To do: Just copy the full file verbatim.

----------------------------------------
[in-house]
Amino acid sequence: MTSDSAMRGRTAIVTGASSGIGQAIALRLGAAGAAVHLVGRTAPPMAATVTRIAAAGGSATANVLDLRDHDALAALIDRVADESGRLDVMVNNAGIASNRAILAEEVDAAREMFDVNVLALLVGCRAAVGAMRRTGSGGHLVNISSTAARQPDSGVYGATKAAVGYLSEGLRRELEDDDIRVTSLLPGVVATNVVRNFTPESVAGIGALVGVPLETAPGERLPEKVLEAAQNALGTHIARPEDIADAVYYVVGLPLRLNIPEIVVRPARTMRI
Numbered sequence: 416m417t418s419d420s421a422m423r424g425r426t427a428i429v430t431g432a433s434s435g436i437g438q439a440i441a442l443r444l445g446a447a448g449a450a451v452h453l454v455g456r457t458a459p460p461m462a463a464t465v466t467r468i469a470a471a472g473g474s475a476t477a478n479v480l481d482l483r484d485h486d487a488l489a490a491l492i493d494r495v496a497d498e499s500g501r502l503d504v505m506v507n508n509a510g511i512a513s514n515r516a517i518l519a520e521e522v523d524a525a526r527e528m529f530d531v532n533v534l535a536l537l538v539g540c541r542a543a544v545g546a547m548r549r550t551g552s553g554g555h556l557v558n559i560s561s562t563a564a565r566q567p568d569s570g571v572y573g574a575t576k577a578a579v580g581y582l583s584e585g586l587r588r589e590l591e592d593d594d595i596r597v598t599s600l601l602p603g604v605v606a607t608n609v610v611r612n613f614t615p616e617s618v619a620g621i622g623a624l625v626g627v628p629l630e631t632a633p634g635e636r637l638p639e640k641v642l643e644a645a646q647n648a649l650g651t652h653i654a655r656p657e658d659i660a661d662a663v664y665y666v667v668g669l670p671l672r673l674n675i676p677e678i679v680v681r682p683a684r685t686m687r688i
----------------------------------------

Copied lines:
[in-house]
Amino acid sequence: MTSDSAMRGRTAIVTGASSGIGQAIALRLGAAGAAVHLVGRTAPPMAATVTRIAAAGGSATANVLDLRDHDALAALIDRVADESGRLDVMVNNAGIASNRAILAEEVDAAREMFDVNVLALLVGCRAAVGAMRRTGSGGHLVNISSTAARQPDSGVYGATKAAVGYLSEGLRRELEDDDIRVTSLLPGVVATNVVRNFTPESVAGIGALVGVPLETAPGERLPEKVLEAAQNALGTHIARPEDIADAVYYVVGLPLRLNIPEIVVRPARTMRI
Numbered sequence: 416m417t418s419d420s421a422m423r424g425r426t427a428i429v430t431g432a433s434s435g436i437g438q439a440i441a442l443r444l445g446a447a448g449a450a451v452h453l454v455g456r457t458a459p460p461m462a463a464t465v466t467r468i469a470a471a472g473g474s475a476t477a478n479v480l481d482l483r484d485h486d487a488l489a490a491l492i493d494r495v496a497d498e499s500g501r502l503d504v505m506v507n508n509a510g511i512a513s514n515r516a517i518l519a520e521e522v523d524a525a526r527e528m529f530d531v532n533v534l535a536l537l538v539g540c541r542a543a544v545g546a547m548r549r550t551g552s553g554g555h556l557v558n559i560s561s562t563a564a565r566q567p568d569s570g571v572y573g574a575t576k577a578a579v580g581y582l583s584e585g586l587r588r589e590l591e592d593d594d595i596r597v598t599s600l601l602p603g604v605v606a607t608n609v610v611r612n613f614t615p616e617s618v619a620g621i622g623a624l625v626g627v628p629l630e631t632a633p634g635e636r637l638p639e640k641v642l643e644a645a646q647n648a649l650g651t652h653i654a655r656p657e658d659i660a661d662a663v664y665y666v667v668g669l670p671l672r673l674n675i676p677e678i679v680v681r682p683a684r685t686m687r688i